Background and Importance Psoriasis is a chronic inflammatory skin disease in which moderate to severe forms can be treated with monoclonal antibodies (mAbs). Assessment of disease improvement is usually made by the Psoriasis Area Severity Index (PASI) and Body Surface Area (BSA). However, sometimes patients‘ feelings do not correlate with these scores.
Aim and Objectives To describe the symptoms and signs in patients with moderate-to-severe psoriasis by using Psoriasis Symptoms and Signs Diary (PSSD).
Material and Methods Prospective observational study conducted between 1-February-2022 and 30-September-2022 in a university hospital. Patients treated at least 3 months with mAbs were included. Data collected: age, sex, diagnostic, mAbs prescribed, previous treatments, PASI and BSA scores. PSSD was used to measure patient-reported outcome (PRO). It assesses the severity of psoriasis symptoms (itching, tightness, burning, pain) and signs (bleeding, cracking, dryness, scaling, shedding, redness) using a 0–10 numerical rating scale. Summary scores were derived using a scale of 0–100. Patients with a PSSD score ≥20 were referred to the dermatology service to assess the mAb switching. Data were obtained from electronic medical records and patients’ interviews.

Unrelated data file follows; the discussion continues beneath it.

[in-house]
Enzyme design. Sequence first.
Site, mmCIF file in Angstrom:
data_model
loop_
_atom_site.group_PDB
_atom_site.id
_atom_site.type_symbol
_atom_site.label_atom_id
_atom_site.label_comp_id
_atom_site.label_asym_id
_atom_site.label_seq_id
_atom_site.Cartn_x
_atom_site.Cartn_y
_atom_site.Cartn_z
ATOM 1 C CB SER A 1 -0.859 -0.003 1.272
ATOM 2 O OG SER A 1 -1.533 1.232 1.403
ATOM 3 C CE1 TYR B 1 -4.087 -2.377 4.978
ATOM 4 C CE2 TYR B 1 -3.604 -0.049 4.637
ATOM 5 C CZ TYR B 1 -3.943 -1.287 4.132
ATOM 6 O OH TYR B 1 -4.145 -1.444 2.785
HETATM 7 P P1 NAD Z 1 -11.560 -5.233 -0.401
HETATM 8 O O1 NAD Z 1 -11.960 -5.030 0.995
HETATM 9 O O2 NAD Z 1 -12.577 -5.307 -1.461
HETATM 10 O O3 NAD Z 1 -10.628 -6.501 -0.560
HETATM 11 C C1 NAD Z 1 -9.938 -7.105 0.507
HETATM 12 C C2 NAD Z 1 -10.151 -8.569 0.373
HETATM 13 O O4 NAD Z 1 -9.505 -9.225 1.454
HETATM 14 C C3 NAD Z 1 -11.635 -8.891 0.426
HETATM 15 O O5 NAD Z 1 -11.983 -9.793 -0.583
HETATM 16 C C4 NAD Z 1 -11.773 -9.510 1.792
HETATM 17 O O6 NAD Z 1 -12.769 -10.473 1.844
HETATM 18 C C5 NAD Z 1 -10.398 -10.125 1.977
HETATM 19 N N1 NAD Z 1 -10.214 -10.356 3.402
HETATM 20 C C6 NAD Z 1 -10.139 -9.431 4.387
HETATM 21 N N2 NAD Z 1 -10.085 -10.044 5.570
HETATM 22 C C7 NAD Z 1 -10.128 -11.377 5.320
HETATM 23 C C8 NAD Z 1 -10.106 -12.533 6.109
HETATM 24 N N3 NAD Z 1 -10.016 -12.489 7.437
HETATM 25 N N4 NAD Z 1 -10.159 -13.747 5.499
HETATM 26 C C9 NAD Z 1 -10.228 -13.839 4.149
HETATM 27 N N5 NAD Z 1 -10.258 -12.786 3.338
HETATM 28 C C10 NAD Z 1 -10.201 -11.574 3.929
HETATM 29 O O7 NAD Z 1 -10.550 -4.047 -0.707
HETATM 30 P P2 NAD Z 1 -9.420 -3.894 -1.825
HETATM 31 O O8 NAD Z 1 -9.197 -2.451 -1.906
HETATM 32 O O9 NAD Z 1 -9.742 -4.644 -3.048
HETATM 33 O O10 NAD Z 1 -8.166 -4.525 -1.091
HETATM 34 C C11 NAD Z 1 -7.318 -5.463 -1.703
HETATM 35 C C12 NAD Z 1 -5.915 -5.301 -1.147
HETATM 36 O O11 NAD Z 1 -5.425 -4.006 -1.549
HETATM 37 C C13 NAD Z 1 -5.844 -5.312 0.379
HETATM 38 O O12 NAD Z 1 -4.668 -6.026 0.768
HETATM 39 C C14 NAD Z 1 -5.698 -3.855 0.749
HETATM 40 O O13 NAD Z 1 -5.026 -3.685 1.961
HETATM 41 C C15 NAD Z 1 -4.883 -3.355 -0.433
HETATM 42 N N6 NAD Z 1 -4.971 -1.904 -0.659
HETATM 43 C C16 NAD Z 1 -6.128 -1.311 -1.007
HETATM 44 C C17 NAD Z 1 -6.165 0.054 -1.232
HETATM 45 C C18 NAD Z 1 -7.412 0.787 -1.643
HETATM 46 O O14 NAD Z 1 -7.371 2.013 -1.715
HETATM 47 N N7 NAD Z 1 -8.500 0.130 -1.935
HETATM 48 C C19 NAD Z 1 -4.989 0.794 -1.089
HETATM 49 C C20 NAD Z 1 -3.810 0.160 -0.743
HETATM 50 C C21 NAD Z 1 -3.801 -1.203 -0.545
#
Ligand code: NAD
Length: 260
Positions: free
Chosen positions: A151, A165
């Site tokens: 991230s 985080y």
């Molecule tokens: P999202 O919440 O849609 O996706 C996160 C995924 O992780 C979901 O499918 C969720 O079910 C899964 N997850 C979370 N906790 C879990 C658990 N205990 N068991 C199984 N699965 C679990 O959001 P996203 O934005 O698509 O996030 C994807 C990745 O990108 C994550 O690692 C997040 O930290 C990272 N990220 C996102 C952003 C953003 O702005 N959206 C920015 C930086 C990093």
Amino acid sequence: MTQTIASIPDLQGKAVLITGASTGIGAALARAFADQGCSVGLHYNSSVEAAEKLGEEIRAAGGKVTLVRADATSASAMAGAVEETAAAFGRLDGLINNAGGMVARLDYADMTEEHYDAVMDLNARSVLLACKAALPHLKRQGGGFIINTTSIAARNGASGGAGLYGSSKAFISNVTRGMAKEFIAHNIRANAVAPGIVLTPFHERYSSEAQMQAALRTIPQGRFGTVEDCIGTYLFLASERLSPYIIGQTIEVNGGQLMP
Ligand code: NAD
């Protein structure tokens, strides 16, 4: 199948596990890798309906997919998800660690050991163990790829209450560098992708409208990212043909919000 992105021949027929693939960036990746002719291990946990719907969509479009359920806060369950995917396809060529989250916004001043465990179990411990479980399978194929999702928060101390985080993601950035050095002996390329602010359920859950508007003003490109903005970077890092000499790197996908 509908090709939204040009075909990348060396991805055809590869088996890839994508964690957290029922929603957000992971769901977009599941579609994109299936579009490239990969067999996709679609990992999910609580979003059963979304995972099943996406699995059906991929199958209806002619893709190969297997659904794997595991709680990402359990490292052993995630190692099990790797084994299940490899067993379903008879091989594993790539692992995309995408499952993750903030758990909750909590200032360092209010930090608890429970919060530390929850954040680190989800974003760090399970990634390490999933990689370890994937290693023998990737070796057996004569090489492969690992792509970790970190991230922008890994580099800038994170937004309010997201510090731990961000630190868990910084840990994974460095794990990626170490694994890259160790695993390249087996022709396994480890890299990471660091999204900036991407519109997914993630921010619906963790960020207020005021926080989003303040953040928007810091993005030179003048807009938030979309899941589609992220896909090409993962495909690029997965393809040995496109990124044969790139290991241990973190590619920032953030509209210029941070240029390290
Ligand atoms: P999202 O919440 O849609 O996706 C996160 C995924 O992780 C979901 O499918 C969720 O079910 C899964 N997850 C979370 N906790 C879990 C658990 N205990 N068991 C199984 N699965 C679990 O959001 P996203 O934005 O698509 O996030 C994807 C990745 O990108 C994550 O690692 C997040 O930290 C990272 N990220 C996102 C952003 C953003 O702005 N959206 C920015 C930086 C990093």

Results Thirty-eight patients completed the PSSD (50% women) with a median age 51.3 (37.8–61.4) years, 84.2% with psoriasis and 15.8% also with psoriatic arthritis (PA) as comorbidity. mAbs prescribed: adalimumab (44.7%), ustekinumab (13.1%), guselkumab (10.5%), tildrakizumab (10.5%), risankizumab (7.9%), secukinumab (5.3%), brodalumab (5.3%), ixekizumab (2.7%). Twenty-four patients (63.2%) received mAbs as the first line, 21.0% as the second-line and 13.1% as the third or more lines. Eight patients had PASI >2. The PSSD average score was: itching 1.9 ± 2.9, dryness 3.5 ± 2.8, cracking 1.2 ± 2.4, tightness 1.4 ± 2.2, scaling 1.2 ± 2.2, shedding 2 ± 2.9, redness 2.3 ± 2.7, bleeding 0.5 ± 1.5, burning 1.2 ± .2.2, pain 0.5 ± 1.6. Dryness was the highest rated and bleeding the lowest score. Twelve patients (31.6%) had a PSSD score of ≥20 and the main treatment was adalimumab (41.6%). Three patients switched the mAb. Only in five patients the PASI and BSA scores were correlated with PSSD.
Conclusion and Relevance PSSD is a reliable and valid PRO instrument for assessing psoriasis-associated symptoms and signs in patients treated with mAbs in clinical practice. This score, together with PASI and BSA, could be used to guide mAbs switching.
Conflict of Interest No conflict of interest.
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